I’d like to think that wrangling cattle as a teenager prepared me for my later stint as Scrum Master at CivilGEO. On the ranch I had to be prepared to act quickly and adapt to conditions that could change hourly: a sick steer, a storm rolling in, a broken auger drive. In a similar fashion, software development can throw you the unexpected bug that sets off a cascade of software glitches. My life has been filled with a hodge-podge of odd jobs. I’ve always been curious about life and this curiosity has led to a lot of interesting experiences. And though I didn’t stick with any of these early fields of interest long term, I acquired some good skills, all of which help me in my present career as a software development manager.
Chess on a Mainframe
My interest in computers started in 1974 when I was still in high school. Hammering away at a giant mainframe computer, I created a primitive software program to play chess. The main problem was the computer only had 16 kilobytes of memory and the chess program labored for an eternity to make a move. Tinkering with computers was considered a quirky hobby then. No one knew at that time how the computer industry would take off in the years that followed. In fact, when I told my mom I was considering applying for a programmer job in 1976 at a then unknown company called Micro-Soft, she basically told me I was nuts. Ah well…we’ve all had our share of lost opportunities.
Welding Tools, Cranes and Semi-Trucks, Oh My!
Mid-way through college, I learned how to weld and worked as an instructor at a technical school in Staples, MN. I supported myself as a heavy equipment operating engineer, crane operator and semi-truck driver as well. These jobs taught me about hard work, the value of sticking with a job even when working conditions were lousy, and that it was best to avoid the food served at truck stops. But it was fun too. And I still think that nothing beats the view from the cab of a semi-truck.
Tinkering with Computers
I’m up to my elbows in motor oil and cattle (on the weekends), but I’m still messing with computers. As a student of civil engineering at UW-Madison, I developed a 3D CAD Software system that performed structural engineering analysis. I also worked on water modeling software as a graduate student in computer science. I had the entrepreneurial bug then and would have done something with these programs, but back in 1982 computers weren’t fast enough and the mass production of software was not considered commercially feasible. Little did I know the software industry was at the cusp of really taking off.
My Life as a Grown-Up and Manager
Looking back, my earliest full-time positions have always consisted of some blend of software management and civil engineering consulting work. As a chief engineer and consultant at BOSS International, I was always deep in water resource engineering projects. I worked on small to large regional storm water studies, wastewater sewer projects, 1D and 2D river hydraulics, bridge and culvert design, FEMA floodplain studies, AutoCAD and ArcGIS integration, water distribution studies and dam safety studies. I am exposed to just about every scenario a civil engineer and water modeler encounters in his work and this experience is invaluable. In the application of software to these diverse projects, I discovered which features worked and which did not. In fact, at this time I am beginning to create roadmaps for new civil engineering products. I am learning the importance of market research; I’m conceptualizing new software applications; and perhaps most importantly, I am learning how to manage teams of people.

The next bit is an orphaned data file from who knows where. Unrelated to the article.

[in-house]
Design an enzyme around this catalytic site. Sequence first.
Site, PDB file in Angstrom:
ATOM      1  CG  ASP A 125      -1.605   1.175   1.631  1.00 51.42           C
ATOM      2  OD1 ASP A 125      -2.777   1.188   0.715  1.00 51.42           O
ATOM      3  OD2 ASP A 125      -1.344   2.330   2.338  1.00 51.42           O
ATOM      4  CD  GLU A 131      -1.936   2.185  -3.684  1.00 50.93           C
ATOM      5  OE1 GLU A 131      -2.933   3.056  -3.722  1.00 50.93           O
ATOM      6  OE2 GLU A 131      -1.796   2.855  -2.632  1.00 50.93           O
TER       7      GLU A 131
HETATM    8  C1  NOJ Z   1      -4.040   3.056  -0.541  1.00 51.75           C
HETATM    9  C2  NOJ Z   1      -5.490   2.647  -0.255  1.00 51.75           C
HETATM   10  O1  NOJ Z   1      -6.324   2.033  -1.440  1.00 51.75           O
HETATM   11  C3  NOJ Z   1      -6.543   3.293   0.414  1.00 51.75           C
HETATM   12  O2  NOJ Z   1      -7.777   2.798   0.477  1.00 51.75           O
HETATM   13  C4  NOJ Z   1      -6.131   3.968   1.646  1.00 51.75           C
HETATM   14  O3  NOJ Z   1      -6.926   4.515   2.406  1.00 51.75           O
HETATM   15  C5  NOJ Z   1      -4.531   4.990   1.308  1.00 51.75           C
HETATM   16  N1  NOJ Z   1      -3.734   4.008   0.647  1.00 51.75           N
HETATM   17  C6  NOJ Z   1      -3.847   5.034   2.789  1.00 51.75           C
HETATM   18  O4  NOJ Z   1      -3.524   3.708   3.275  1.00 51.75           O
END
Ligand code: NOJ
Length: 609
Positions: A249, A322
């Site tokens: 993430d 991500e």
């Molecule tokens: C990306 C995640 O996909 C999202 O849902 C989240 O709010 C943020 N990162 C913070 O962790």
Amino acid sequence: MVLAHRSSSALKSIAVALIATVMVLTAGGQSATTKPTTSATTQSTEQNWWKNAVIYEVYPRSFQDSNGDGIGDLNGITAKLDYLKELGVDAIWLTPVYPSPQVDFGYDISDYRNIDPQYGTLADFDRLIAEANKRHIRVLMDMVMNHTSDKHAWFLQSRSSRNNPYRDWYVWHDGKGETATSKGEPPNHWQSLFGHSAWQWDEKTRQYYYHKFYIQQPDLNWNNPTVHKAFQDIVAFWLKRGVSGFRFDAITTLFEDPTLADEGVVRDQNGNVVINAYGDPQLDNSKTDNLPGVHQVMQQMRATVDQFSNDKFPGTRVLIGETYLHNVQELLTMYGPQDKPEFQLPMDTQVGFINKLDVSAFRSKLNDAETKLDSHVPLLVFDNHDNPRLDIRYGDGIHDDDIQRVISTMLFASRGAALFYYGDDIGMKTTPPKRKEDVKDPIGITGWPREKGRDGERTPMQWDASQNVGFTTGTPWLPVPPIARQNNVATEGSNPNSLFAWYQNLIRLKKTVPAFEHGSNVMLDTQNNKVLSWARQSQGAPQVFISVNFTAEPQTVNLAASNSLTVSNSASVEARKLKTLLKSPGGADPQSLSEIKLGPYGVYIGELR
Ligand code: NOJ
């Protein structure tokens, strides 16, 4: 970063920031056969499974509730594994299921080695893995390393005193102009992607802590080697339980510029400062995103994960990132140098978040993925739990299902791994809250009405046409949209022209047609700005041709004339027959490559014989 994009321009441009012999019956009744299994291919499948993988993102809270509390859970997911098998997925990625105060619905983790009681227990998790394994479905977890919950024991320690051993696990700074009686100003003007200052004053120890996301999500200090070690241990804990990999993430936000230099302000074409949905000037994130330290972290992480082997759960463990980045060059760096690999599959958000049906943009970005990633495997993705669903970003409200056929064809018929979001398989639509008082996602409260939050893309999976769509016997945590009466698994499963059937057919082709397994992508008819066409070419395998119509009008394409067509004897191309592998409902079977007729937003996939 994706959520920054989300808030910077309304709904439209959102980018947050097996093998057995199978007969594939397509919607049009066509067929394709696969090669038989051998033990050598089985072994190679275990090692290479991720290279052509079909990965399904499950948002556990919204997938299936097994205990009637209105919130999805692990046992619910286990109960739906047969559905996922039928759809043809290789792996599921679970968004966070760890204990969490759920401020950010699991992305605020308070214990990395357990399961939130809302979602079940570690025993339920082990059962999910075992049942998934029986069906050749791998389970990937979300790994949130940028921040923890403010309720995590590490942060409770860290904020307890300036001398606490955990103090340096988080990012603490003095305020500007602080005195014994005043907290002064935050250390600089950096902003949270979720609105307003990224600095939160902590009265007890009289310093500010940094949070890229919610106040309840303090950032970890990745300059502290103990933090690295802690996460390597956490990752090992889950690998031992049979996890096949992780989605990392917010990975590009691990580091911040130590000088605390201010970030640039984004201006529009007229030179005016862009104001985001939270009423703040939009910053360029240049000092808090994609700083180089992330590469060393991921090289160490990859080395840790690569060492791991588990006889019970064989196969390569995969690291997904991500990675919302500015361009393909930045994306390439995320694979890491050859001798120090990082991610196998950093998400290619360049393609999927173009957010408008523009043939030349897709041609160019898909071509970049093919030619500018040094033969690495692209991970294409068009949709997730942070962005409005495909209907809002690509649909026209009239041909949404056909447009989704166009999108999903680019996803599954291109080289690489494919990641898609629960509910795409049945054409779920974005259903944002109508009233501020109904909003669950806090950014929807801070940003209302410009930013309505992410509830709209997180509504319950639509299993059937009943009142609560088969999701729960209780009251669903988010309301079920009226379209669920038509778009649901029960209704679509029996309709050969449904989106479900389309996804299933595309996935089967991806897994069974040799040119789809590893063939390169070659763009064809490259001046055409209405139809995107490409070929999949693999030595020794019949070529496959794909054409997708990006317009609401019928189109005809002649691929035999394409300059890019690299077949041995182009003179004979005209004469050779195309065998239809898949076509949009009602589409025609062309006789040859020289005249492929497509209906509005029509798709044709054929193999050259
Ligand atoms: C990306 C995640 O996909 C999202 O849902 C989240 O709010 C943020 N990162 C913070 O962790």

Working with People is a Necessity
At BOSS International I had to push my comfort zone and become comfortable working with people. I was the principal rainmaker, bringing in new client projects and maintaining existing client relationships. Along with this came primary responsibility for engineering reports, environmental regulatory studies and project designs. I led software development on a smaller scale and worked daily with a variety of clients. These duties carried over well at Autodesk where I worked as an Industry Solutions Manager and later, Product Manager.
The Present at CM WaterGroup and CivilGEO
Presently I work as the engineering director at CM WaterGroup and CivilGEO Engineering Software. At CM Water Group, we provide technical services in a wide range of water-related disciplines, including hydraulics, hydrology, hydrogeology, numerical modeling, environmental science water resources planning, water engineering, GIS and visual communication. At CivilGEO I get to be the Scrum Master I guess I was always meant to be. Who knew the scruffy teenager roping steers on the ranch would later manage a more “technical” animal? Today I manage a highly dedicated team of software developers, software architects, UX experts, QA engineers, civil engineers and other professionals. I created an industry pilot program, prototyped radical UI and various cutting edge distributed system technologies and conceptualized the direction, features and design standards of an entire product line. And the bonus: I love my work!
What it Has All Taught Me
I don’t regret for an instant the time I spent training to weld or operate a crane. And working on a farm is something every kid should do. As a result of my time on the ranch, I know I can fix just about anything and I developed a work ethic that serves me to this day. I have always gone where my curiosity takes me and this has turned out to be a winning formula. We have all heard this expression, but I’ll say it again: “Do what you love and the money will follow.” I couldn’t agree more.